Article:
Vol. 42 / No. 5 / September 2015
Solitary Gluteus Maximus Muscle Metastasis in a Breast Cancer Patient Jun Yong Lee1, Hae Won Kang2, Sung-No Jung3 Department of Plastic and Reconstructive Surgery, 1Incheon St. Mary's Hospital, College of Medicine, The Catholic University of Korea, Incheon; 2Yeouido St. Mary's Hospital, College of Medicine, The Catholic University of Korea, Seoul; 3Uijeongbu St. Mary's Hospital, College of Medicine, The Catholic University of Korea, Uijeongbu, Korea Correspondence: Sung-No Jung Department of Plastic and Reconstructive Surgery, Uijeongbu St. Mary's Hospital, College of Medicine, The Catholic University of Korea, 271 Chenboro, Uijeongbu 11765, Korea Tel: +82-31-820-3576, Fax: +82-31-847-0301 E-mail: [email protected]
No potential conflict of interest relevant to this article was reported. Received: 30 Apr 2015 • Revised: 16 Jun 2015 • Accepted: 2 Jul 2015 pISSN: 2234-6163 • eISSN: 2234-6171 http://dx.doi.org/10.5999/aps.2015.42.5.661 • Arch Plast Surg 2015;42:661-663 Copyright 2015 The Korean Society of Plastic and Reconstructive Surgeons This is an Open Access article distributed under the terms of the Creative Commons Attribution Non-Commercial License (http://creativecommons.org/licenses/by-nc/3.0/) which permits unrestricted non-commercial use, distribution, and reproduction in any medium, provided the original work is properly cited.
Tumor metastasis into skeletal muscle is uncommon, and is rarely noticeable clinically. Lung cancer and gastrointestinal tumors are the most frequent primary malignancies that metastasize to the skeletal musculature, but some reports have described muscle metastases from breast cancer . The authors present a case of gluteal muscle metastasis in a patient with a known primary breast cancer. A 53-year-old woman presented with a mass on her right buttock with pain that was aggravated by walking. She had previously undergone modified radical mastectomy due to left breast cancer. A histopathological examination at the time had shown
invasive ductal carcinoma without axillary lymph node metastasis. She had received five cycles of adjunctive chemoradiotherapy with cyclophosphamide, methotrexate, and 5-fluorouracil, followed by tamoxifen. Seven years after surgery, a slowly growing mass developed on her right buttock with mild throbbing pain. On physical examination, tenderness was observed, but no palpable mass was found in the right buttock. A computed tomography (CT) examination of the pelvis found a poorly defined, mildly enhanced intramuscular mass measuring 3 cm in the patient’s right gluteal maximus muscle (Fig. 1), and a subsequent needle biopsy of the lesion confirmed a metastatic, poorly differentiated invasive ductal carcinoma. In order to address suspicion of systemic metastasis, the patient underwent CT scans of the breast, positron emission tomography-CT, and bone scans. No other metastatic sites were found (Fig. 2). A wide excision and local flap coverage were performed to remove the metastatic mass along with tissue from the gluteus muscle (Fig. 3). Histological findings showed metastatic invasive ductal carcinoma (Fig. 4). She received adjunctive chemotherapy with capecitabine and no local recurrence was observed 12 months after surgery. Skeletal muscle metastasis of a primary malignancy is relatively rare and can be misdiagnosed as a primary soft tissue sarcoma; however, distinguishing between the two diagnostic possibilities is critical, because the treatment and prognosis may differ markedly . Metastases of breast cancer may appear in any organ, and although different relapse sites may be observed depending on the subtype of breast cancer, the most frequent metastasis sites are bone, the liver, the lungs, and the brain . Skeletal muscle metastasis of breast cancer is very rare. The following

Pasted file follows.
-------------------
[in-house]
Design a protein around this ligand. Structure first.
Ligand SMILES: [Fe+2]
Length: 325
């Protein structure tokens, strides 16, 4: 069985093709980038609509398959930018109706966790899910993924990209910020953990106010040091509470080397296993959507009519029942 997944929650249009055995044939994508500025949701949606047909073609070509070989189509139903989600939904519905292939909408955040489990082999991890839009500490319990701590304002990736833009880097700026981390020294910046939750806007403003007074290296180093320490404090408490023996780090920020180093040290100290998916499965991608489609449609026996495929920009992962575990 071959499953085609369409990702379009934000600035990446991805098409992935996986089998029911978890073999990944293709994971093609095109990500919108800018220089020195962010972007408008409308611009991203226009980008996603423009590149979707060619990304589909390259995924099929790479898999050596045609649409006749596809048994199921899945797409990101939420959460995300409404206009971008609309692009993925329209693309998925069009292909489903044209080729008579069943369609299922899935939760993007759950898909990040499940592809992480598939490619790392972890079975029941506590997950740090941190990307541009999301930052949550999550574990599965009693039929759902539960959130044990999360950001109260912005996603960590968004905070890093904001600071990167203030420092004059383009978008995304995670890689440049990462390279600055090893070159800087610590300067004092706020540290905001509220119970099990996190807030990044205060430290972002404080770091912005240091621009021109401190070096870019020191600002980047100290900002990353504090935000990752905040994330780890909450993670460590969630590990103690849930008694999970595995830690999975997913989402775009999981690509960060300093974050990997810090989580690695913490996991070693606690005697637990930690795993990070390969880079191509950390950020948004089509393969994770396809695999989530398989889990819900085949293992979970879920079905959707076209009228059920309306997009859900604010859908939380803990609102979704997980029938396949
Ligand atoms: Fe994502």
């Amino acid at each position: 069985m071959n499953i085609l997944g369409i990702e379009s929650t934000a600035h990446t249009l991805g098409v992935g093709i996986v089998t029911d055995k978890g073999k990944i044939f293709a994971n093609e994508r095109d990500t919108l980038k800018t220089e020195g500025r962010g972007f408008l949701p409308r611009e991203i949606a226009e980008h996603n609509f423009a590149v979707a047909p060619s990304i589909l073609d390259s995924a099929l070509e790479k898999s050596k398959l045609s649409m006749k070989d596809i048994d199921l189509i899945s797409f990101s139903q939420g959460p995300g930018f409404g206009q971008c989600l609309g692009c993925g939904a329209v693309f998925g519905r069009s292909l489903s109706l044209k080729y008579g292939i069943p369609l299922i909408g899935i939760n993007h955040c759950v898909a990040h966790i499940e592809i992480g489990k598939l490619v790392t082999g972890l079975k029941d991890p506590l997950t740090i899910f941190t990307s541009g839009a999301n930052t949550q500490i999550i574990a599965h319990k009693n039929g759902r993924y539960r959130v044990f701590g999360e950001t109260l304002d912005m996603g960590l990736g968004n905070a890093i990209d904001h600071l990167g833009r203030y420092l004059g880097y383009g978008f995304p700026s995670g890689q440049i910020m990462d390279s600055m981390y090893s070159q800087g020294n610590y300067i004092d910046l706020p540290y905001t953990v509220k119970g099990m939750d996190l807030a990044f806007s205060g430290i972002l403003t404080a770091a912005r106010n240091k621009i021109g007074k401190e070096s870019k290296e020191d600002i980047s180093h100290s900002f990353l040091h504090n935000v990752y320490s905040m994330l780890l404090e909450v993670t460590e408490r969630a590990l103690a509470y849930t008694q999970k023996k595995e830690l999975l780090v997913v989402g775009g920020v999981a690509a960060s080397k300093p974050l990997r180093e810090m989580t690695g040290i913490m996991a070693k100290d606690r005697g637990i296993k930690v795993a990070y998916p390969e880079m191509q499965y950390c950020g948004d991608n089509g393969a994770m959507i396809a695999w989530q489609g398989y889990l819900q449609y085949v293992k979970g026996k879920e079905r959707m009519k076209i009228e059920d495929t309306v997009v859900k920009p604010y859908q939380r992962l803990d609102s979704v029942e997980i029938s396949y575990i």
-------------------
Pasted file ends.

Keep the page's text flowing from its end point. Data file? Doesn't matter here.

(A, B) Preoperative computed tomography views. An enhancing mass is visible in the right gluteus maximus muscle, suggesting an intramuscular metastasis.
Preoperative positron emission tomography-computed tomography (PET-CT) view. PET-CT revealed a significant hypermetabolic lesion in the right gluteal muscle. No other suspected metastatic sites were found.
Gross photo of the resected intramuscular mass.
Histological findings of the surgical specimen. Metastatic invasive ductal carcinoma had infiltrated into the surrounding muscle (H&E, × 100).